11 Jun Chemical Dependency & Seeking Outside Help
Chemical dependency requires a diagnosis based on a thorough evaluation by a certified professional with a willing participant. You wouldn’t ask a doctor to fix your car, or your repairman for marriage counseling, would you? As ridiculous as that may sound, many people try to do the same in their sobriety when it comes to issues in their personal lives that go beyond drinking and using. Frankly, some people just aren’t qualified to help in areas where someone such as a doctor or a psychiatrist can.
As contradictory as it might sound, finding a program of recovery was the help I needed at the time. Before entering high school, I had participated in a clinical study for depression. My parents were concerned because my grades had taken a dramatic slide, from being a Straight A student to barely being able to pass any of my classes. They knew I needed help, so they did what any normal parents would do, which was take me to see a professional.
The next few years were dramatically worse. I had begun to isolate myself from people that I knew, including my family, and had withdrawn from almost everything I had taken interest in. I had been prescribed a psychoactive drug that just wasn’t working, and therapy sessions that I was never honest in. I wasn’t suffering from a chemical imbalance, but in retrospect turned out to be maladjusted to life. It wasn’t until I went through the ringer and found out that I was beyond human aid, that I allowed myself to truly receive the help I needed.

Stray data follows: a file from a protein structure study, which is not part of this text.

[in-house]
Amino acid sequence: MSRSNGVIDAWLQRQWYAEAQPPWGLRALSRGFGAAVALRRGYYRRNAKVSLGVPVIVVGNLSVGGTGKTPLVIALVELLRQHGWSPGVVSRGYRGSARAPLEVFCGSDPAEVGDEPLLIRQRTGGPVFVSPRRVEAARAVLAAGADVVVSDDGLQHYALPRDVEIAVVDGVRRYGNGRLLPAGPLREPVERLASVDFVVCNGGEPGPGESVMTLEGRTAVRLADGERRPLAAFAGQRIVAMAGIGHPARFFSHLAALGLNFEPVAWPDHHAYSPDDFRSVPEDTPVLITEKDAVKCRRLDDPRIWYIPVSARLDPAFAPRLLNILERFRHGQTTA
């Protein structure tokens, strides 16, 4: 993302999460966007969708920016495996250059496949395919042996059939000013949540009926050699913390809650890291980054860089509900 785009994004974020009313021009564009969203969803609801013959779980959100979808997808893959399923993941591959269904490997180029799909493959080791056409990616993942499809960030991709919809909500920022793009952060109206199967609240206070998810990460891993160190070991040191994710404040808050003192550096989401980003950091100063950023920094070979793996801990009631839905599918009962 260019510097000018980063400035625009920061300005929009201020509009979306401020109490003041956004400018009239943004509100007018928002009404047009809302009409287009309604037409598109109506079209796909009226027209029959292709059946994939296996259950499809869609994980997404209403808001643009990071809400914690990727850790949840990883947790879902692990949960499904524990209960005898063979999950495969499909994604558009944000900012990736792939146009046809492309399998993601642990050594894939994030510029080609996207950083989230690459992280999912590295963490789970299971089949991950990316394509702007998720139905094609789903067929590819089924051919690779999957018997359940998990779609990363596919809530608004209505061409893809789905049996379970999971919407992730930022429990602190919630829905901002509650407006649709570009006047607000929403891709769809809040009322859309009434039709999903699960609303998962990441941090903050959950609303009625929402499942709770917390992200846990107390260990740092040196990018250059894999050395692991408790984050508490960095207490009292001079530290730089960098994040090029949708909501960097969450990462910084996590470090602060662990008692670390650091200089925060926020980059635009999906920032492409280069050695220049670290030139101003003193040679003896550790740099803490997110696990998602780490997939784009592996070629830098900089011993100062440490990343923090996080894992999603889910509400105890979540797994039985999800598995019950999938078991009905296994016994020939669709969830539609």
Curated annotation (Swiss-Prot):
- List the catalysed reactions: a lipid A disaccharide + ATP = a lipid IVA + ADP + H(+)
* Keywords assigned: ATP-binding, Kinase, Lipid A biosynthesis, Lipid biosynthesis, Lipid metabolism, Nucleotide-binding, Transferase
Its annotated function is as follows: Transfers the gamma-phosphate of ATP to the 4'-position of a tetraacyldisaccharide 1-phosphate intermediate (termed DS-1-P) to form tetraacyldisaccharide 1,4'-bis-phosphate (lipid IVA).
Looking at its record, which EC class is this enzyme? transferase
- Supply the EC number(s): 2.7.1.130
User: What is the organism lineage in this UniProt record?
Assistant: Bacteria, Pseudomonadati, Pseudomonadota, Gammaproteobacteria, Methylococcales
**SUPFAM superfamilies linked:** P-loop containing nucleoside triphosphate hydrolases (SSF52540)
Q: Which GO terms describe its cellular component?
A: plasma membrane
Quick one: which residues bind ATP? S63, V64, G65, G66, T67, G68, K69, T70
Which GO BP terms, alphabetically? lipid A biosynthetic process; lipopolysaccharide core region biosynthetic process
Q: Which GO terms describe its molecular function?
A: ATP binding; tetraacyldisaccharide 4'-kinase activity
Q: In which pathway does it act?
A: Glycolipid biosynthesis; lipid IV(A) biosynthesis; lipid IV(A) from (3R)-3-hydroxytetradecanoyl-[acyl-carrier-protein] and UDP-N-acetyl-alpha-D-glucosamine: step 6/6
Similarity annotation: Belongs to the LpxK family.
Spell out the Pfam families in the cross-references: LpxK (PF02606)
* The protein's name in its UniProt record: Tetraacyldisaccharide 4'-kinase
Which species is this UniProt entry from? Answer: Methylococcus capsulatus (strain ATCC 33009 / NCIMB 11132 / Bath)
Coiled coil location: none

Finding the program however was only half the battle, as there were still many aspects of my own life that I had to seek outside help for before I could continue on this journey. Luckily, I was able to confide in friends and I was supported by the program of Alcoholics Anonymous to eventually find the help I needed. There are many of us who have had experiences with whatever you are going through, and if you can muster up enough courage to share your struggles, there may be someone who can help point you in the right direction. For many though, finding professional help is a necessity and can be intimidating and confusing.
As in my case, often people are prescribed with medication that may not be necessarily making things better. Psychiatrists can be all too eager to try and give patients the help they need, but if you’re not being completely honest with yourself and your doctors, they are at a great disadvantage in getting you the right medication. Similarly, if you cannot be honest with the people in your sobriety, there is nothing more they can do for you.
With all that being said, there are many issues that we may have to face in our recovery from chemical dependency; like depression, anxiety, and other diagnosis’s that, if left untreated could send us back to the places we worked so hard to rise above. Hitting bottom in sobriety isn’t easy, but just like coming into the program; this may be another perfect problem that can help us to take the first step in finding the exact solution.